China will likely ease the pressure on local governments to shut older, inefficient coal mines as it seeks to meet rising demand of the most-polluting fuel to spur its economic recovery.
Government officials are in the midst of preparing the country’s all-important five-year-plan, the guiding document for policy and industrial development from 2021 to 2025. Unlike the previous edition, when China made a major push to cut overcapacity to support prices and help miners struggling with mounting debt, the government isn’t likely to set any targets for mine closures, analysts forecast.
The country in 2016 set a target of shutting 800 million tons of annual capacity, with reductions met two years earlier than planned. To be sure, those mines would essentially be replaced by “advanced” capacity, a term Beijing uses to refer to larger, safer and more-efficient operations.
But the lack of a hard target now would underscore the continuing dependence on coal in China, which mines and burns half the world’s supply. More flexibility for smaller mines would help expand production capacity to meet rising demand as the world’s second-biggest economy continues to dig itself out from the depths of the pandemic.
“We expect the government to continue to manage production capacity,” said Zhai Yu, a senior consultant with Wood Mackenzie Ltd. “But maybe not continue to cut capacity, as we forecast demand increasing in the next five years.”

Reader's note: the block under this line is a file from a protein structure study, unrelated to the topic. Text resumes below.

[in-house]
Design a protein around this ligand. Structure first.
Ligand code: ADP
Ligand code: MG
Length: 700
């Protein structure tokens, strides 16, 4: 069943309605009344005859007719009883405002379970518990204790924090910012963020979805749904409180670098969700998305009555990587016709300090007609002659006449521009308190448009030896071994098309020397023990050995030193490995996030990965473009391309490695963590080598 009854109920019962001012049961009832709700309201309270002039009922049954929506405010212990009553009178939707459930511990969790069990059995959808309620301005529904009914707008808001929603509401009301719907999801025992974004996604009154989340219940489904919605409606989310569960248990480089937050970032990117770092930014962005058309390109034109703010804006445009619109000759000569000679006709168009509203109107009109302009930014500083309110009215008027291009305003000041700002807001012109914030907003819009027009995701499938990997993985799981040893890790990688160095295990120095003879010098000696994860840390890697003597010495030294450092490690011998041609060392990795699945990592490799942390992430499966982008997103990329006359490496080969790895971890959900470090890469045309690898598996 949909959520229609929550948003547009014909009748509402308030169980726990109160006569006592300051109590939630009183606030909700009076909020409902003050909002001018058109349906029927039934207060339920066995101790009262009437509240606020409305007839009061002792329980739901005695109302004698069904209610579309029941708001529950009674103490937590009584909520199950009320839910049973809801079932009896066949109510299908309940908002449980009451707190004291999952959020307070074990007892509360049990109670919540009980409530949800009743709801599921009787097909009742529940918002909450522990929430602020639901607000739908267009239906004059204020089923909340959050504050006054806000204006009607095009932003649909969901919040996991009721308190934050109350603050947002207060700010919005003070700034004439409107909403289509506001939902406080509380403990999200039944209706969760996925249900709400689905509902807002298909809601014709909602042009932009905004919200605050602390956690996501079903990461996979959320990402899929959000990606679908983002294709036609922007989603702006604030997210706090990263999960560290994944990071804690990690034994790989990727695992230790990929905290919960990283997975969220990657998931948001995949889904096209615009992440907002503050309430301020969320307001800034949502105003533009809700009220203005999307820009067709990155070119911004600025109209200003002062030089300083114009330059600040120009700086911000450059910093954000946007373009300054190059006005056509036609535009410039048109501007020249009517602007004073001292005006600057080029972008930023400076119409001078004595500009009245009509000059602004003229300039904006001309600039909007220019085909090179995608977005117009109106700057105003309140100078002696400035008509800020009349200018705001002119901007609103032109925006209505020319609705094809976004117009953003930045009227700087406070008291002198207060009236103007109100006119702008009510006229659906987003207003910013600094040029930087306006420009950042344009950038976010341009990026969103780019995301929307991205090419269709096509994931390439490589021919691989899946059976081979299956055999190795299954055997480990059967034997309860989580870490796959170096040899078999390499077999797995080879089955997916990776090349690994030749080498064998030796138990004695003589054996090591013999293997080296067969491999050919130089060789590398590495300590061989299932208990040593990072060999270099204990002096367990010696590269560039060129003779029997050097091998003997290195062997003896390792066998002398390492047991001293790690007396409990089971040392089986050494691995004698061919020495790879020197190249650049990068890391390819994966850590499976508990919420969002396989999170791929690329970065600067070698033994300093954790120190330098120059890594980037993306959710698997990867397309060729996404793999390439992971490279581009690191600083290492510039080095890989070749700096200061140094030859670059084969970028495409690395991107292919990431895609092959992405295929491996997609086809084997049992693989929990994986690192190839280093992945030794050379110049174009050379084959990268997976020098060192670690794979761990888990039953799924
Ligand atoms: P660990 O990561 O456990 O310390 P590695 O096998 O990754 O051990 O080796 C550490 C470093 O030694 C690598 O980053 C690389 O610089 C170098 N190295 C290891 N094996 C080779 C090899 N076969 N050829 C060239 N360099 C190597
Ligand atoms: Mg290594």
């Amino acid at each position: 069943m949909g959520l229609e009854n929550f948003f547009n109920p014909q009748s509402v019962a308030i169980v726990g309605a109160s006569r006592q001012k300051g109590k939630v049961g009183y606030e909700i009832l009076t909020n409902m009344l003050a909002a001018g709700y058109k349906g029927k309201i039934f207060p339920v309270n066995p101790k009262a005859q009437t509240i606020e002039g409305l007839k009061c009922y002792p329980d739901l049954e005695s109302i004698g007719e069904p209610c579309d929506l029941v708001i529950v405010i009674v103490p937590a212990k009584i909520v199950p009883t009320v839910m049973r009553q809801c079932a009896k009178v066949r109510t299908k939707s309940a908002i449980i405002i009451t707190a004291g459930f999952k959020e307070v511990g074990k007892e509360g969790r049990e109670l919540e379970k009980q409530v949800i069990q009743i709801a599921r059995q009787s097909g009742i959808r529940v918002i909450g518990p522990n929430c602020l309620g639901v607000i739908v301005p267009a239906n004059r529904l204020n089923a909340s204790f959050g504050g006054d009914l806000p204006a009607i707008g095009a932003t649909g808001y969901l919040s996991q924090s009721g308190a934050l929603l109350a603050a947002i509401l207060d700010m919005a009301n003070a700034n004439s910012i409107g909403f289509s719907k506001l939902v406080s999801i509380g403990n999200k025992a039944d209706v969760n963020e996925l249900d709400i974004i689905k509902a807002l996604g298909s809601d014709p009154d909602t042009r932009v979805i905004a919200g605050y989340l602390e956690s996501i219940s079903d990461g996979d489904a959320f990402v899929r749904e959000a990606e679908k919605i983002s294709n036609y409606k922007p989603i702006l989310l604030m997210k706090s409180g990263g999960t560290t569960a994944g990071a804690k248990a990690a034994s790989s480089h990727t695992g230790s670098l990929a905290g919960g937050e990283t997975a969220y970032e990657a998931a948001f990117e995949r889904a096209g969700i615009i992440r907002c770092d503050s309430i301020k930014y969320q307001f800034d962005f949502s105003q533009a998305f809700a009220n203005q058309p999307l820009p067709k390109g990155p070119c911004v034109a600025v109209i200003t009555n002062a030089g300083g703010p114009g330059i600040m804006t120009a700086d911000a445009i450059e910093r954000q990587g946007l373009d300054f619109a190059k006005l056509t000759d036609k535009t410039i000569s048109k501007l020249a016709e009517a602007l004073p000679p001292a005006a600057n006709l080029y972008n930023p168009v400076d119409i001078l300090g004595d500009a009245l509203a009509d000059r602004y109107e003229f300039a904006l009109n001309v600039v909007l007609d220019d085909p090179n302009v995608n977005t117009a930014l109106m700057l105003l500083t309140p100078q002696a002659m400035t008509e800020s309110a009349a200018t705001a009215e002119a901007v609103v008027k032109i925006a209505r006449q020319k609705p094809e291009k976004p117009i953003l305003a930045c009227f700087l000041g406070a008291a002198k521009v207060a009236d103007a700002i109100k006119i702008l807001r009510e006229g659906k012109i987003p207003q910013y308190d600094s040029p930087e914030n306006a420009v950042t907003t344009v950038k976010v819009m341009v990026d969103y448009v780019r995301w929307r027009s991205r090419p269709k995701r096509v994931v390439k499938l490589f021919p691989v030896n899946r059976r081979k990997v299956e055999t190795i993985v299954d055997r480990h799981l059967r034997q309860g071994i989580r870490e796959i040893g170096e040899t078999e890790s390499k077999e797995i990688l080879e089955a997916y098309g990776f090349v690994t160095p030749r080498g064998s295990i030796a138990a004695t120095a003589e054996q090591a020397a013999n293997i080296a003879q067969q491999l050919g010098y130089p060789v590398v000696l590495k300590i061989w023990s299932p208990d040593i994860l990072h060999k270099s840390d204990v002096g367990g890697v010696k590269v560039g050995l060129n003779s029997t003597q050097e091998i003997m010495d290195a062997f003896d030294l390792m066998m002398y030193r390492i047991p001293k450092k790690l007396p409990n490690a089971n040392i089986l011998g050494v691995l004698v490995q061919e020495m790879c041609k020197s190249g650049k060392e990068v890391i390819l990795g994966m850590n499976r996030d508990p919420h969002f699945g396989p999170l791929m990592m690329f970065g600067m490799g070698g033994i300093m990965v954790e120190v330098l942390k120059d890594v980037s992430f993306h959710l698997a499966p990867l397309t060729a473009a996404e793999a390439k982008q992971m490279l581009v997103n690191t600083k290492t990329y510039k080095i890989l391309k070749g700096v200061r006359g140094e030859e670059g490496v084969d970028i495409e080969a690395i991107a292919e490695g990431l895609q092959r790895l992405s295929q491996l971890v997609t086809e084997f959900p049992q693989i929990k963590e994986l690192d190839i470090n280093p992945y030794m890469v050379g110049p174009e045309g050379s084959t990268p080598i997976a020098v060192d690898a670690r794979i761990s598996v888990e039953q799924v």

Analysts at Wood Mackenzie, Daiwa Capital Markets and China Coal Resource are among those who don’t believe China will set a target for closing outdated coal mine capacity in its 14th Five-Year Plan, which will officially be adopted next year.
Total coal production capacity may rise to 5 billion tons a year by 2025, from 4.1 billion currently, according to Daiwa. That will help the country meet demand growth expected from its power sector. China’s thermal coal use will increase and peak in 2026 at about 4.9 billion tons a year, some 11% higher than the current level, Wood Mackenzie’s Zhai said.
Growing coal demand would reverse one of the environmental trends of which Beijing is most proud. World-beating investments in clean energy and a policy-driven shift toward more consumption of cleaner burning natural gas have helped China reduce coal’s share of the energy mix to 57.7%last year, from more than 70% in 2011.
China’s embrace of coal could tighten even further if tensions with the U.S. escalate, forcing policymakers to prioritize energy security over climate change, said analyst Michelle Leung with Bloomberg Intelligence. China could be targeting 1,300 gigawatts of coal-fired capacity in its 14th Five-Year Plan for power, from 1,050 today, she said.
About 46 gigawatts worth of new plants were under construction as of May, already outpacing last year’s total addition, according to a study published by Greenpeace last week. Another 48 gigawatts were under various stages of development as the country lifted curbs on new builds in most regions, it estimated.
“We expect coal to remain the primary source for baseload dispatch, given China’s cheap and plentiful coal reserves,” said Jennifer Song, an analyst with Morningstar. “Coal-fired generation’s reliability and large-scale make it well-suited to meet the country’s power needs.”